I can't believe how quickly the time is flying! It is time once again for another Daring Bakers' Challenge.
The 2010 November Daring Bakers' challenge was hosted by Simona of bricole. She chose to challenge Daring Bakers' to make pasta frolla for a crostata. She used her own experience as a source, as well as information from Pellegrino Artusi's Science in the Kitchen and the Art of Eating Well.
I had never heard of pasta frolla before, and all I knew of crostata was from the photos that I had seen on foodgawker, which led me to believe that a crostata was a free-form type of tart filled with some kind of fruit filling.
As it turns out, pasta frolla is a type of sweet short crust dough, similar to tart or pie crust dough, but made with eggs (unlike other short crust or pie crust doughs), and there are limitless possibilities for filling crostata - they are not limited to free-form fruit varieties. Simona provided us with two different recipes to choose from for our pasta frolla, and then several ideas to inspire us regarding fillings, though did not limit us when it came time for filling and flavor decisions.
I had so many ideas right away, that I knew I would want to make more than one crostata. The challenge was narrowing it down to the few I wanted to make specifically during the challenge time-frame.
The inspiration for my first crostata hit me about a week after the challenge was posted, when our local food store listed fresh raspberries for sale. One of the ideas that Simona had provided for inspiration was a delicious looking crostata. made in a tart pan, filled with pastry cream and topped with fresh fruit. The raspberries looked too good to pass up, and thus I decided that they would be the showcase for my first attempt at a crostata.
The first step was to make the pasta frolla dough. The process for making pasta frolla is not that different from making pie crust dough - dry ingredients (flour, sugar and salt, in this case) are sifted together, then blended with (cold) butter. While most people use a food processor to blend in small cubes of cold butter, I usually either cut it in with two knives or use my fingers to literally rub the flour into the butter. I recently read about a trick to make this process even easier, and that is to actually grate the butter prior to incorporating it into the flour, so I decided to give that a try here. Oh my goodness, I wish I had known about this sooner. Grating the butter is so easy, and the smaller pieces are so easy to rub into the flour, making it so quick and easy to turn the combined ingredients into the coarse meal that it needs to be in order to then incorporate the liquid. As I mentioned, in this recipe, unlike other crust doughs that I have made, the liquid is egg (one whole egg, one yolk), rather than water, and the egg is incorporated much in the way it is for pasta dough - poured into a well in the middle of the flour mixture, which is then slowly mixed in to fully incorporate all of the ingredients. Once the dough becomes too stiff to stir with a fork, little miss helped me to knead the dough until we had the right consistency for our pasta frolla. At this point, the dough was placed into the refrigerator to cool.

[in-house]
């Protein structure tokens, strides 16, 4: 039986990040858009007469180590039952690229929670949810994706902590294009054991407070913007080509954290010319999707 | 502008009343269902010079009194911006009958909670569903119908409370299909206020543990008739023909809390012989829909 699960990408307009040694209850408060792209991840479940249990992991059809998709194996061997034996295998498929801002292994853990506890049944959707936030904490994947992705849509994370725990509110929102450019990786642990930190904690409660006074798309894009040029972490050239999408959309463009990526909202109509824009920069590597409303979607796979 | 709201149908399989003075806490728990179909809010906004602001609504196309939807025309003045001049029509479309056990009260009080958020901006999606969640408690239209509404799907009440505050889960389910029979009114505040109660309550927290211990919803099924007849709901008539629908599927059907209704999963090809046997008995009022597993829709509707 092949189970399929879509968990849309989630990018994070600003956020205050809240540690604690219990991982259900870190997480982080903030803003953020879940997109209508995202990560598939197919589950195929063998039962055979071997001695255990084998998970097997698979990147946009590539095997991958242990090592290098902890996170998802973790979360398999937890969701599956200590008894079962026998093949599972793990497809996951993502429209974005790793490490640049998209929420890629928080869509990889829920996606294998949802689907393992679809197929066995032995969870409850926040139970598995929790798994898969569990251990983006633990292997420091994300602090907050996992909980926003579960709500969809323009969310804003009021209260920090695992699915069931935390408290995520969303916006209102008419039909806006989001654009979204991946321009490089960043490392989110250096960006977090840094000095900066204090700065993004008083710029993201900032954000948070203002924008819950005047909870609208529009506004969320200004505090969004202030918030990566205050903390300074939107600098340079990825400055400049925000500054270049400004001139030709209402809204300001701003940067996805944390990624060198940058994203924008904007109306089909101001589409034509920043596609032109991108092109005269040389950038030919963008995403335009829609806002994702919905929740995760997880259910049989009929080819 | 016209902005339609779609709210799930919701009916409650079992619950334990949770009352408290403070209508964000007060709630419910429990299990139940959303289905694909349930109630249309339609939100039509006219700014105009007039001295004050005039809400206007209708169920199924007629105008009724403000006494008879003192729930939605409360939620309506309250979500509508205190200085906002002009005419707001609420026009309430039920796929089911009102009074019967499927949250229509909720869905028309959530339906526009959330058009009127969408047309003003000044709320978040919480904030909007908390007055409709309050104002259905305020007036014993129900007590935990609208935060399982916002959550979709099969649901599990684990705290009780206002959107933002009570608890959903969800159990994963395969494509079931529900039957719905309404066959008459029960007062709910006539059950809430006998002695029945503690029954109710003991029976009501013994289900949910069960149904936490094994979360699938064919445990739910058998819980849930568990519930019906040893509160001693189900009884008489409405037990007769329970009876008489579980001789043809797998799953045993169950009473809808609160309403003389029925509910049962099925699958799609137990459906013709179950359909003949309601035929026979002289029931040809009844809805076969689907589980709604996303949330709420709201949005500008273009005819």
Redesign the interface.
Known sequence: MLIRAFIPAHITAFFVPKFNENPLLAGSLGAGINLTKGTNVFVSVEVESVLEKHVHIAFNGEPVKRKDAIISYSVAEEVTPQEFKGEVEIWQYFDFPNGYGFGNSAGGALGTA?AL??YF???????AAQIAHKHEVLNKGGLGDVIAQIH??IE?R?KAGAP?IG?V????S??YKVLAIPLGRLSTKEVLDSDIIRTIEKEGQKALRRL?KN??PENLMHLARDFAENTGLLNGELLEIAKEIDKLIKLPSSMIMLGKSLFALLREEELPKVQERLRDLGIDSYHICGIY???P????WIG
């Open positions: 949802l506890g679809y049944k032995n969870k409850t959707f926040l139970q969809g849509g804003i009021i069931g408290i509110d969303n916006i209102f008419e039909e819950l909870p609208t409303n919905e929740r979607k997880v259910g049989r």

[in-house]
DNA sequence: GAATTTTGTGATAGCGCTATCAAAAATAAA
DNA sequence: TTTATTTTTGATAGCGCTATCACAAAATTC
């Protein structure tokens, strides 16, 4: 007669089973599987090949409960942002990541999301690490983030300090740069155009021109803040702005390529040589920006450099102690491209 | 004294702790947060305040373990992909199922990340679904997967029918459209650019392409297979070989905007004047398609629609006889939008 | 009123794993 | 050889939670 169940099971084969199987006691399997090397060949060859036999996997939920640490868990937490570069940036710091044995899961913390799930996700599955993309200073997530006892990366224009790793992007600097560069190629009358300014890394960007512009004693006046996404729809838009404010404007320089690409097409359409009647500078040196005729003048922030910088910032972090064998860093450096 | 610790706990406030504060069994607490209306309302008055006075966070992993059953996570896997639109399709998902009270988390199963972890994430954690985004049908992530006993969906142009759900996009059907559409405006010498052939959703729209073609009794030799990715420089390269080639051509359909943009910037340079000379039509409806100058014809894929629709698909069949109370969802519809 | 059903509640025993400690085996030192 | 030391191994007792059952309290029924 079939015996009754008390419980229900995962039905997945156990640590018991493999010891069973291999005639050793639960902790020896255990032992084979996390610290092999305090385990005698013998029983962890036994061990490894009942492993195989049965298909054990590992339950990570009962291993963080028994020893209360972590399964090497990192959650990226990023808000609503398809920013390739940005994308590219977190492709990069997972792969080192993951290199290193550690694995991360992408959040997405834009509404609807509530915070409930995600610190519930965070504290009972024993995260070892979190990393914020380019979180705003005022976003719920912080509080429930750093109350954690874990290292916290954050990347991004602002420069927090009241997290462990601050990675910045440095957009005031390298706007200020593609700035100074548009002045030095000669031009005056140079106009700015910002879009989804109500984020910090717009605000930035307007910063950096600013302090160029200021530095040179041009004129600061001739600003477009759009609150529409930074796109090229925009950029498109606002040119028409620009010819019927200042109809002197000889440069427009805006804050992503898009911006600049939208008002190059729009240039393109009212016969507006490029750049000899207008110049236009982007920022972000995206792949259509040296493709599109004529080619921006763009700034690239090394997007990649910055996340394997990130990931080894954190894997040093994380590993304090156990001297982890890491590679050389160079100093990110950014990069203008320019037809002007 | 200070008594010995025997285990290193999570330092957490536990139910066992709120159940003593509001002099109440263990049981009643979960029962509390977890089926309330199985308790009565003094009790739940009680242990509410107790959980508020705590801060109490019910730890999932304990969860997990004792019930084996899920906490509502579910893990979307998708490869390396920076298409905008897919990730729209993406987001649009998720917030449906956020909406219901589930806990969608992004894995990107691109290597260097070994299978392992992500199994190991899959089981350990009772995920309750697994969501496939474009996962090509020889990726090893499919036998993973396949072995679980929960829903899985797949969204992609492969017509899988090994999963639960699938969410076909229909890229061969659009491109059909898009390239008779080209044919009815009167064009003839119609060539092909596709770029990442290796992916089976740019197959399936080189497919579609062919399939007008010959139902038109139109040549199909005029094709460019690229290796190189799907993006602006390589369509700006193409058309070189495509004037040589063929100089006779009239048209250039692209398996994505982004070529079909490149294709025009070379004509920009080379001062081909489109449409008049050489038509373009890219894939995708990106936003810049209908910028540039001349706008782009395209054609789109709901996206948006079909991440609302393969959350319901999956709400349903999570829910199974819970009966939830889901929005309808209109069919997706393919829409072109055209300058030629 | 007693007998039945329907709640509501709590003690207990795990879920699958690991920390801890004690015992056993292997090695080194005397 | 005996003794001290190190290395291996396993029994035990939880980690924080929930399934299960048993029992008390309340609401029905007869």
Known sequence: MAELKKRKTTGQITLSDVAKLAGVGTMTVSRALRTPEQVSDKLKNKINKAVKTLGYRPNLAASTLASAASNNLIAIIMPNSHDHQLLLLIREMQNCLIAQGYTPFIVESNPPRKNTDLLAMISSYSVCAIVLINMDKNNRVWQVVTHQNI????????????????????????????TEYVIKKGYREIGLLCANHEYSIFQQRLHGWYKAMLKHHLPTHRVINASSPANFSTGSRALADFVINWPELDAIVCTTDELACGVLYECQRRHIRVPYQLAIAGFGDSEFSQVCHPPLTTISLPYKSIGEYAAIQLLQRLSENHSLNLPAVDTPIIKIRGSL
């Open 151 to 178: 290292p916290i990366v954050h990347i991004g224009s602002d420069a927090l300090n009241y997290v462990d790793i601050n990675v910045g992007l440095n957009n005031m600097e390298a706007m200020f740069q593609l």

With the dough in the refrigerator, it was time to make the pastry cream. I had a bit of trouble choosing a recipe for my pastry cream, since I had only made it once before (for the tiramisu challenge), and wanted to experiment with other recipes. I finally settled on this recipe. The cream took much longer than I had expected to thicken, and then, once it did, it actually thickened way up all at once, so I was a little concerned when I transferred it to a bowl and placed it in the refrigerator to chill for the afternoon.